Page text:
Ninth circuit on Prop 8: Threading the needle
The ruling of the Ninth Circuit Court of Appeals, upholding a lower court's decison overturning California's Proposition 8, will likely draw both condemnation and accolades, depending on one's position, but it's unclear if it will draw a Supreme Court ruling. (The L.A. Times has posted the opinion.) While both sides have vowed to take the fight to the Supremes, the ruling is so narrow that the Supreme Court may not take it up.
The 2-1 decision focused on the narrowest of issues: It argues, basically, that the majority can't strip rights gained by a minority without compelling reasons, and the court found none of "reasons" proffered by the defenders of Prop 8 rationally connected to same-sex marriage. Basing their decision on a 1996 Colorado ruling, the court did not find a "constitutional right" to same-sex marriage, just that a minority couldn't be stripped of a right they had been granted without a compelling state reason: "Proposition 8 served no purpose, and had no effect, other than to lessen the status and human dignity of gays and lesbians in California," the court wrote.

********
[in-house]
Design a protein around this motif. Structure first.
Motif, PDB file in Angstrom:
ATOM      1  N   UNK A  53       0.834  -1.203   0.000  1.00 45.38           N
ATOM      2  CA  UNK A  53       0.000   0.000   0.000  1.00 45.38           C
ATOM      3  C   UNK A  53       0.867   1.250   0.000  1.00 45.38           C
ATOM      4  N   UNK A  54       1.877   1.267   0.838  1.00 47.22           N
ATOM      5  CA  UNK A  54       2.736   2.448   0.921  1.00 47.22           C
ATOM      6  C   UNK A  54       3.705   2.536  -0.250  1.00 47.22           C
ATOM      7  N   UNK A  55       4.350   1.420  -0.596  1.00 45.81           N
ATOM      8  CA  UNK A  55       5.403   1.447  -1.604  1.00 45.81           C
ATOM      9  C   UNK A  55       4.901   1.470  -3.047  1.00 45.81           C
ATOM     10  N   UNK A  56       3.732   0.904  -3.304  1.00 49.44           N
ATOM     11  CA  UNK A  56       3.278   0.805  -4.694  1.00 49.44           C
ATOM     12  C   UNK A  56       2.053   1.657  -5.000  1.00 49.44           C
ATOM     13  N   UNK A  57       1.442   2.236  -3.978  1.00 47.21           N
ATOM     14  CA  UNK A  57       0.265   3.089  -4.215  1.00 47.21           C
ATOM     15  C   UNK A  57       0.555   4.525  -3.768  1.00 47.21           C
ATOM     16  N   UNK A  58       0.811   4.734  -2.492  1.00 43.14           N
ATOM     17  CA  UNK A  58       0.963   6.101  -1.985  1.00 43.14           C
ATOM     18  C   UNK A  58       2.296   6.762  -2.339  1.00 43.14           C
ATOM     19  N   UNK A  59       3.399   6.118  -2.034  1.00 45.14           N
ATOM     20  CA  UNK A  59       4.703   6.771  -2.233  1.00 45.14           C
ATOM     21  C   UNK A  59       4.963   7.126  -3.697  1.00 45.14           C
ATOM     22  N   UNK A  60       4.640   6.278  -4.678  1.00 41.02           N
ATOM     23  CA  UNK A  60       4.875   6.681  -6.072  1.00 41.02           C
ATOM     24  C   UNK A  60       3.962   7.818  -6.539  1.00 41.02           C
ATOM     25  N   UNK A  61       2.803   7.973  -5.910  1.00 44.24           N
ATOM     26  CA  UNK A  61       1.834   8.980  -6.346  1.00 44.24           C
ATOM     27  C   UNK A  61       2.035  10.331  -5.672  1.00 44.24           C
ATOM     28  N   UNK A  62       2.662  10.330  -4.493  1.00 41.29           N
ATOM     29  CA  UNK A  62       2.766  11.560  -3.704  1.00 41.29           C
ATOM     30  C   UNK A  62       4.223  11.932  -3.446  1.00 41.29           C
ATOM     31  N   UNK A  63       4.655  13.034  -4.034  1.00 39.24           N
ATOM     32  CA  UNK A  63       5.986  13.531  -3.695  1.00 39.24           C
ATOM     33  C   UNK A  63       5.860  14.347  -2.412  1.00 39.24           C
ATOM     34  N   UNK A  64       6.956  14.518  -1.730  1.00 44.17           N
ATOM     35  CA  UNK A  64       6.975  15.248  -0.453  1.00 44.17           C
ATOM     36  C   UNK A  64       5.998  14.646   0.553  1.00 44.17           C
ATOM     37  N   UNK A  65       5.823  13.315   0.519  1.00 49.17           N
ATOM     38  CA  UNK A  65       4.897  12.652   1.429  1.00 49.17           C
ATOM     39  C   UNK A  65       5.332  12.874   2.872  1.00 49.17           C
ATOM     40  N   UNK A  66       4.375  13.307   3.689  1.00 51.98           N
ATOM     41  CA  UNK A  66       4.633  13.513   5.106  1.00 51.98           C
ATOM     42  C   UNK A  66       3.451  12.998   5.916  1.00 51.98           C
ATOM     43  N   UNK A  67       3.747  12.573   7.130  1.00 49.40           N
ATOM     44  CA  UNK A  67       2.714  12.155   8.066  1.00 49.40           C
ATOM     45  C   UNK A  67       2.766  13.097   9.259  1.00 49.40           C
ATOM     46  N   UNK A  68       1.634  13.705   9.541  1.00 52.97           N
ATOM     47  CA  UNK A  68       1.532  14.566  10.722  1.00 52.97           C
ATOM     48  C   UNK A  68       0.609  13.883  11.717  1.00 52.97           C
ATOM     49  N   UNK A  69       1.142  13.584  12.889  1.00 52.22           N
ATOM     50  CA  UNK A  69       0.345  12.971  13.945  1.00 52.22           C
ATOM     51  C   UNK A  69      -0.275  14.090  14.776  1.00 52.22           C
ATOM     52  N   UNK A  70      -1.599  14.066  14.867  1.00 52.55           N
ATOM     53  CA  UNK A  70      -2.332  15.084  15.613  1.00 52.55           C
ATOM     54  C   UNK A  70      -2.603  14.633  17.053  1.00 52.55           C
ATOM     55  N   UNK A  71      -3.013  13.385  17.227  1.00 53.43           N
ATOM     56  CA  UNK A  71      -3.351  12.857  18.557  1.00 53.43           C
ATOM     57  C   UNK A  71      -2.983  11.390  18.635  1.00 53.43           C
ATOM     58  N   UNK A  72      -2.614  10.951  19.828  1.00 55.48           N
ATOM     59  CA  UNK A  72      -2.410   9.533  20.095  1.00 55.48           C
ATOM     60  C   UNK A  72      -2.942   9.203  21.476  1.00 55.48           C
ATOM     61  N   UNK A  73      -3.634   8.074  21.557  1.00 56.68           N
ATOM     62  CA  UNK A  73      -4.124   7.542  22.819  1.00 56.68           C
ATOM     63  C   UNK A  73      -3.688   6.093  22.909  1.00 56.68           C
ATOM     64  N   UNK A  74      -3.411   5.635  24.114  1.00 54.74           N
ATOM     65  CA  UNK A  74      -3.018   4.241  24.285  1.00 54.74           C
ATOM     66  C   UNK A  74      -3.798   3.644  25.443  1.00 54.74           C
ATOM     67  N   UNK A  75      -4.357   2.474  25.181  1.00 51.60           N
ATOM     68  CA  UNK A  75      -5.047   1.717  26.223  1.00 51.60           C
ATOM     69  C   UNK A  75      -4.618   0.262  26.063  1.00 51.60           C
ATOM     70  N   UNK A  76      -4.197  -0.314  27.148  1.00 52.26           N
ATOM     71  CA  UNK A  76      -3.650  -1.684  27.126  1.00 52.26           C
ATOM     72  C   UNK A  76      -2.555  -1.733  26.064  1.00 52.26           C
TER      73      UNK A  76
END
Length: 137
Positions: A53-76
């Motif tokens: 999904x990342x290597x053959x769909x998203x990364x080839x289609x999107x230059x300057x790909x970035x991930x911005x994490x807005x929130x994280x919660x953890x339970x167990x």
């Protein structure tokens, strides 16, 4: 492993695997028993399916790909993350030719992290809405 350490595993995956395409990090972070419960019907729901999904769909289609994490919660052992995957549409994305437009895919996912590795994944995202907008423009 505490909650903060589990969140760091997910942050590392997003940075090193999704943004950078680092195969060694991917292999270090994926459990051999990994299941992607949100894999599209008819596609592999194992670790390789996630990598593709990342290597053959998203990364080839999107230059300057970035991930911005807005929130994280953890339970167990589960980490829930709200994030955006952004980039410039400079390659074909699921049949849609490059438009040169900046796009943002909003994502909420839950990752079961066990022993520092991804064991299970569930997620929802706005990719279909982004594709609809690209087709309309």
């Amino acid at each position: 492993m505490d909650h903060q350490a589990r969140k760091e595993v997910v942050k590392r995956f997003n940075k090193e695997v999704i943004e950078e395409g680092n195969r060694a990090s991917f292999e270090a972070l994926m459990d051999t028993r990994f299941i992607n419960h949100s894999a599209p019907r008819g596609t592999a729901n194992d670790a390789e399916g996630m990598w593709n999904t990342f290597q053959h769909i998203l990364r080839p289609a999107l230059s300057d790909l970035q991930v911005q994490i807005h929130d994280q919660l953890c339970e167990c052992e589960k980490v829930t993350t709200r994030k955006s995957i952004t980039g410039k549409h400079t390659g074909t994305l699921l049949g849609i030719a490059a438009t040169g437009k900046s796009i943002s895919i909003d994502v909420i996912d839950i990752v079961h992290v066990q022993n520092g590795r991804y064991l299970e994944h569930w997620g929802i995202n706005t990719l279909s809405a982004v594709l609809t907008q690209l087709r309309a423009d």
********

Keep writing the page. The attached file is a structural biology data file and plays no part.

The ruling is not expected to have much effect outside the state of California, since the ruling itself is tied up with Proposition 8 itself and its history in the state.